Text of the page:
Training has taken a turn for the worse over the past two weeks. My overzealous enthusiasm for running has left me with a text book case of tendinitis in my Achilles tendon, and training has officially halted after reading it is possible to rupture the tendon and/or cause permanent damage. Both not good.
In the story of Achilles, his mother, in an attempt to make her son immortal, dips him in the River Styx holding him by his ankles. Because the river could not touch his feet where she held them, it was where he was most vulnerable. He ultimately died from a poisoned spear to the foot.
This tendon is the largest in the body and can withstand force many times greater than a person’s weight. I’m surprised how easy it is to forget just how integral it is to getting around, and that it is not impervious to damage.
Image courtesy of florathexlplora on Flickr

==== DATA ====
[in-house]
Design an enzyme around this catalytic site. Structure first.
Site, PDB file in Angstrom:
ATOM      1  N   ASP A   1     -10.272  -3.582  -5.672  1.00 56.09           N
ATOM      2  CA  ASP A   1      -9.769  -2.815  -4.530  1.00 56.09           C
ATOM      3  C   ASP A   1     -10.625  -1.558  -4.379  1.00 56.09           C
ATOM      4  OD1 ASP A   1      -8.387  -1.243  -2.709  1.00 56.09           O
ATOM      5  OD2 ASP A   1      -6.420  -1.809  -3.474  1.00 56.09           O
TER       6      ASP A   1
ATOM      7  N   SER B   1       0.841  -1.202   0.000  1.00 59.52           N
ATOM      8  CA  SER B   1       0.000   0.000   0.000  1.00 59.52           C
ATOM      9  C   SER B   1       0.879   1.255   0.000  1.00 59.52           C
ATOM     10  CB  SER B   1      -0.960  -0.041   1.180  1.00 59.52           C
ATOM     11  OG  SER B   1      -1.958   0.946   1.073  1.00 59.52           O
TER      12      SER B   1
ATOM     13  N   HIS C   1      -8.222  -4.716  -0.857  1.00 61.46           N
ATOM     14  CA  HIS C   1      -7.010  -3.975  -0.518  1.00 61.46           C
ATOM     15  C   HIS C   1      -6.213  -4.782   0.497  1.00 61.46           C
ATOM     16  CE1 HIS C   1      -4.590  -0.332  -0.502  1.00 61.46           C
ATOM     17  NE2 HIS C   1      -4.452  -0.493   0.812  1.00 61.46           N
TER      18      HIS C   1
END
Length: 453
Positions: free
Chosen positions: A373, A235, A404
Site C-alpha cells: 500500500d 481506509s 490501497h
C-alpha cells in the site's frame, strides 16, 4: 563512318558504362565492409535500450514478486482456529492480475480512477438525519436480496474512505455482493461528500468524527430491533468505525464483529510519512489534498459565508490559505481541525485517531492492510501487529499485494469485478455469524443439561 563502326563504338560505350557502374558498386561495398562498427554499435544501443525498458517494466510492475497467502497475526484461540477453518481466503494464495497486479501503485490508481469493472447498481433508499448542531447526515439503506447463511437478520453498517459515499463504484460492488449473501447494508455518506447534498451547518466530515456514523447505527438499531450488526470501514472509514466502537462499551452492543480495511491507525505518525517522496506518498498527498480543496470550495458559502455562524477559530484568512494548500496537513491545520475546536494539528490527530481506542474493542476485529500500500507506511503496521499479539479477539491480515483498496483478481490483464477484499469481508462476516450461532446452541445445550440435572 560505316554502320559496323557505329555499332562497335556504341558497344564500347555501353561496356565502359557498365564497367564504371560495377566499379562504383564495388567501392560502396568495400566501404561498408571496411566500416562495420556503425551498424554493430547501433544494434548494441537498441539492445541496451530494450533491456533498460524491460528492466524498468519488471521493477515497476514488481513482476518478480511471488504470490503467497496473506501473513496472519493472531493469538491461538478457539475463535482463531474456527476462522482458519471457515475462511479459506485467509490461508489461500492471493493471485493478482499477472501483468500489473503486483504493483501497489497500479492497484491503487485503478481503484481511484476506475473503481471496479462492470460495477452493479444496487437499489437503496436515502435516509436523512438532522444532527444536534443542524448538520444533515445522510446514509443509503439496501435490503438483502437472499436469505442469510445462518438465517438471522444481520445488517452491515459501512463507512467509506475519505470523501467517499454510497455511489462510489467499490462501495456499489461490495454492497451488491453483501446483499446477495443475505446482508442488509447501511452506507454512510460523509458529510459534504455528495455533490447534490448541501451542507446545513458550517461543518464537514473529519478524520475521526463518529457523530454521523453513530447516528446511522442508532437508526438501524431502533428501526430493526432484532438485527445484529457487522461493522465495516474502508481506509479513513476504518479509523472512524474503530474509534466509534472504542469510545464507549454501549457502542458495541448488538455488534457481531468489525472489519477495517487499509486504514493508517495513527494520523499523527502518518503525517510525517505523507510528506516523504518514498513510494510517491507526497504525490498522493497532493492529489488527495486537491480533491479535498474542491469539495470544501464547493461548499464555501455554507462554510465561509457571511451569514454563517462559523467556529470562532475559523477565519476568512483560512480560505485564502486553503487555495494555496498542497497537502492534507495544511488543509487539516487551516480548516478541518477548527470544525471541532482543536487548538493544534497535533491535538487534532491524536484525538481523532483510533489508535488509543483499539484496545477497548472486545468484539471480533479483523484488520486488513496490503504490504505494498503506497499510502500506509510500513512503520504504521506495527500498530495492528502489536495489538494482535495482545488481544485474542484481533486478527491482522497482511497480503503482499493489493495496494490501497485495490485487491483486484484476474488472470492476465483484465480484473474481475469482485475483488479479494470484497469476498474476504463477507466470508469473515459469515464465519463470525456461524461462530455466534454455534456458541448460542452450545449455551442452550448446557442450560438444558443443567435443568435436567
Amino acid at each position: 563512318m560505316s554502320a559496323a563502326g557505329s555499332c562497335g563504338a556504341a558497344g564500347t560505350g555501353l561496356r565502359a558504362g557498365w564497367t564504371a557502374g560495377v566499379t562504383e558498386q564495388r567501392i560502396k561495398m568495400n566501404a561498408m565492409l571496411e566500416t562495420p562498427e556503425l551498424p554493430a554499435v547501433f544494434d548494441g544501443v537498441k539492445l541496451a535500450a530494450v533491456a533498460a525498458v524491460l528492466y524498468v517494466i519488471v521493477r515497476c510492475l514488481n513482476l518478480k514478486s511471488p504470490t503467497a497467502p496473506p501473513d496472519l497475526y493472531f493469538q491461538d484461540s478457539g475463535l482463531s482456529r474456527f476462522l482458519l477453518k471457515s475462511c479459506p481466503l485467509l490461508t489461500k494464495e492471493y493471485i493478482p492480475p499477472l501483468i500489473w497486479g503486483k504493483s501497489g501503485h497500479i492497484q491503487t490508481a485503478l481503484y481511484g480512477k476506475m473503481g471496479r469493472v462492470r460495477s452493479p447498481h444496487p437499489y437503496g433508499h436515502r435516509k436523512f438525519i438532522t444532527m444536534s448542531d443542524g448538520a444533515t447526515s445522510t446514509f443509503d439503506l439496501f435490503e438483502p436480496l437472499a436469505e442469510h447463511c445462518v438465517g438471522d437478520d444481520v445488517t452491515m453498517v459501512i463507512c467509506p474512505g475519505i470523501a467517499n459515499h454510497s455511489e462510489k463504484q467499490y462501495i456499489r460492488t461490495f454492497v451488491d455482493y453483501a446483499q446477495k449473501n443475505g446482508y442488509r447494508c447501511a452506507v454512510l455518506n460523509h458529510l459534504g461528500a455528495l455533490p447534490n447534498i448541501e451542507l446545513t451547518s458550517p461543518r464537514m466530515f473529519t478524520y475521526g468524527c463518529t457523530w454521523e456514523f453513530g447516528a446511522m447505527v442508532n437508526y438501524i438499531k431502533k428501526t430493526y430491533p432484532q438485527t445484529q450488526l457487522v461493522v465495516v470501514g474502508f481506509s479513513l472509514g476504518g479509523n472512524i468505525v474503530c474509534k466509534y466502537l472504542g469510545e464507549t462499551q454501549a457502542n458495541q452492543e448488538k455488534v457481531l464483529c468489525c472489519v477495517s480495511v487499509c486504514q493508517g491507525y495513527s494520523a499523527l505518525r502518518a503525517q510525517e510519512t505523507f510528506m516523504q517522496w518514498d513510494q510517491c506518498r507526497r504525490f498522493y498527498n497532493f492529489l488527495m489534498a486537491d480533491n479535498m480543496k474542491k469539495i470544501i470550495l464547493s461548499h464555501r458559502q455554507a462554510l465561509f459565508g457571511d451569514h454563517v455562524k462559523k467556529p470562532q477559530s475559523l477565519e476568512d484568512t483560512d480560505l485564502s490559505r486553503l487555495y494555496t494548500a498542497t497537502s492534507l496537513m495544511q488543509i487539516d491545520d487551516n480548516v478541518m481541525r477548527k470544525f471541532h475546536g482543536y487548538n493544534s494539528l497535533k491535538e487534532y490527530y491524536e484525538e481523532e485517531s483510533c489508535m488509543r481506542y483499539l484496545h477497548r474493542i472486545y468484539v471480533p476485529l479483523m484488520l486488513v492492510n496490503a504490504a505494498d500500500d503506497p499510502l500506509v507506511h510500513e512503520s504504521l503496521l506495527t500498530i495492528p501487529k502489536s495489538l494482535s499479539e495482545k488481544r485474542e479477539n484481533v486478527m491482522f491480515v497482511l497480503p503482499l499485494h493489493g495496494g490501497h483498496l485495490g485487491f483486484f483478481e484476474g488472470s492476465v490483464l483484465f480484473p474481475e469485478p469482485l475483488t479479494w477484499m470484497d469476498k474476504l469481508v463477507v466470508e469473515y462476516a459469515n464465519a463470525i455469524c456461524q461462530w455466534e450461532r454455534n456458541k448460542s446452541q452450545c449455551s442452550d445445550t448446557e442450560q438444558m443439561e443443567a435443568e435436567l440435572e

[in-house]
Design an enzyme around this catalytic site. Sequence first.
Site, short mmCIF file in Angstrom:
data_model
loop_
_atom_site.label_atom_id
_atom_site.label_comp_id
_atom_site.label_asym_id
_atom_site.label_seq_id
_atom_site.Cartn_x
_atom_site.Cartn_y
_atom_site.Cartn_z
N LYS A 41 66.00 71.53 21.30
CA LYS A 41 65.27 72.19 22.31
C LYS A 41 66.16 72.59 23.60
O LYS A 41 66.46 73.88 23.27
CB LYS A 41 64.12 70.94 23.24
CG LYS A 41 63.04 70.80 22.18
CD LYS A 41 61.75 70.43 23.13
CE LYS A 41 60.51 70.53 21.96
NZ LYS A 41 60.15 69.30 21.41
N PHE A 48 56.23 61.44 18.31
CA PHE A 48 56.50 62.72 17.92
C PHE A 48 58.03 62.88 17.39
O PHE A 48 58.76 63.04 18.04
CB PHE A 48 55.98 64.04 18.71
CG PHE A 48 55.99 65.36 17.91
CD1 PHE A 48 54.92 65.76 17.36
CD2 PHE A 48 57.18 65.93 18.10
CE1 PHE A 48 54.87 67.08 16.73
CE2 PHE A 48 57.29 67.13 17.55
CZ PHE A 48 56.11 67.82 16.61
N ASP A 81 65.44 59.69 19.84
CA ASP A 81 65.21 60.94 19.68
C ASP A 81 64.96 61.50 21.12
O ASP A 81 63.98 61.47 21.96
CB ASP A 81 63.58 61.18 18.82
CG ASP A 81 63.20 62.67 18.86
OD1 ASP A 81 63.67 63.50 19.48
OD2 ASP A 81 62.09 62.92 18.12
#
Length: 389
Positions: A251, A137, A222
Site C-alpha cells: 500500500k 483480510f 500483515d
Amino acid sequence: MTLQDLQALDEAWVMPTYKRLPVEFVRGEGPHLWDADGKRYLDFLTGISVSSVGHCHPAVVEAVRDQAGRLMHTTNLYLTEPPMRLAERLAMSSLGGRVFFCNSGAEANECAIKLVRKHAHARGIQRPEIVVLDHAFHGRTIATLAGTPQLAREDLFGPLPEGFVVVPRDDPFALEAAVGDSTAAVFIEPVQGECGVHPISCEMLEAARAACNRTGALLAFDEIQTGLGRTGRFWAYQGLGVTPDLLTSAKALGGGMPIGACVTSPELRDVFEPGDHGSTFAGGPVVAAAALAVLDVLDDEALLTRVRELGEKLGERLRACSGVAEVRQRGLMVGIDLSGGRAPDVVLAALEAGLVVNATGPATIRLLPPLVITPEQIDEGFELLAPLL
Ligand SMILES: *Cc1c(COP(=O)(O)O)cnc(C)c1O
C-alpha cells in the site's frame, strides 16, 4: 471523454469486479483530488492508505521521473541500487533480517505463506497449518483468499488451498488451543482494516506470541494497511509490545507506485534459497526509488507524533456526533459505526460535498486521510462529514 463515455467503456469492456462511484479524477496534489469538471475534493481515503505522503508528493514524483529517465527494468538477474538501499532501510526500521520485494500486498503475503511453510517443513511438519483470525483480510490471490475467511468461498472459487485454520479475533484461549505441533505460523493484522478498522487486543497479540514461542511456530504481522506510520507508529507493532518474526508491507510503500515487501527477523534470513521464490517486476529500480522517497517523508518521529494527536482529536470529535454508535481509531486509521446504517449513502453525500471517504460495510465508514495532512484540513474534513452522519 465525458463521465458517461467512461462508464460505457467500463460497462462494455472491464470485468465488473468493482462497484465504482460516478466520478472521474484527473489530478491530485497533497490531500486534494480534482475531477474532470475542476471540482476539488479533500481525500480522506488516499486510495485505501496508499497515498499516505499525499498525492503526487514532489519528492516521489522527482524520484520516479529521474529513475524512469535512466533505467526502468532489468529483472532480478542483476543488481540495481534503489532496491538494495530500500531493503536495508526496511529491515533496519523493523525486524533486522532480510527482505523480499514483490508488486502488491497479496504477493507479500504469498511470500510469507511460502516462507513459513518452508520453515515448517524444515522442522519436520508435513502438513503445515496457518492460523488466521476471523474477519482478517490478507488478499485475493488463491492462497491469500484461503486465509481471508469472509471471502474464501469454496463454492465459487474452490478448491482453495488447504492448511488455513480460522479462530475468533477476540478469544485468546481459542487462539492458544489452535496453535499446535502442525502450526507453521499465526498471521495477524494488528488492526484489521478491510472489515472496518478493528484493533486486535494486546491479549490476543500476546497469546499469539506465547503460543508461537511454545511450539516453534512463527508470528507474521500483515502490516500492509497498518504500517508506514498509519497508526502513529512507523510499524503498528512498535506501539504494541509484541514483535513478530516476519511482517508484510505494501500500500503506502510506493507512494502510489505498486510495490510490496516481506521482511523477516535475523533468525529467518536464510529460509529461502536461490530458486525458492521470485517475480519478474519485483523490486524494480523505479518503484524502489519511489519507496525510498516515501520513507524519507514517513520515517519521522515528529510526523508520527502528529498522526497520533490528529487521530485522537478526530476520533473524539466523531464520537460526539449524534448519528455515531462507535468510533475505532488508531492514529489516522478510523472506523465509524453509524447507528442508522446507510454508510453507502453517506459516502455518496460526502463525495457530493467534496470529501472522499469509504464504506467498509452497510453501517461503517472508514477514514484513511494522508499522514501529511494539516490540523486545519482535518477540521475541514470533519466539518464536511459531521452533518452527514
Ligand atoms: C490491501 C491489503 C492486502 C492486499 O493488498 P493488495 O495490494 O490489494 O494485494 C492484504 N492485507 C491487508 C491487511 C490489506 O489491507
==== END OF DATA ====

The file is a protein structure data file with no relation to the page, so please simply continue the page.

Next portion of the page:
I feel your pain. I too have given up heavy training after my achilles tendon tear. Actually I gave it up *before* too!
I still have my cam-walker if you want it 🙂
â€¦there’s always SLâ€¦just think of the miles and kilometers you could cover!
This is true… and I would seriously consider it if SL could keep my a** from getting saggy over the winter. Though, admittedly I’m planning on spending an inordinate amount of time logged into the grid while the temps drop below -20. Maybe we can go running together 🙂
i wonder where this statue is. i like it very much. might be you can tell me where to visit it?
@pavel: You can find this sculpture at Villa Reale in Milano.
Just an update about the trouble with my Achilles tendons and running. I made it through an entire year without injury this year. I spent a god deal of time evaluating the biomechanics of my stride and took some tips from the Chi Running technique and everything feels great.
well, i think that achilles was a great epic hero. He was like super duper uper good looking mhm mhm yupppp
[…] achilles pictures Here are some pictures of Achilles, the best-known hero in Greek mythology. […]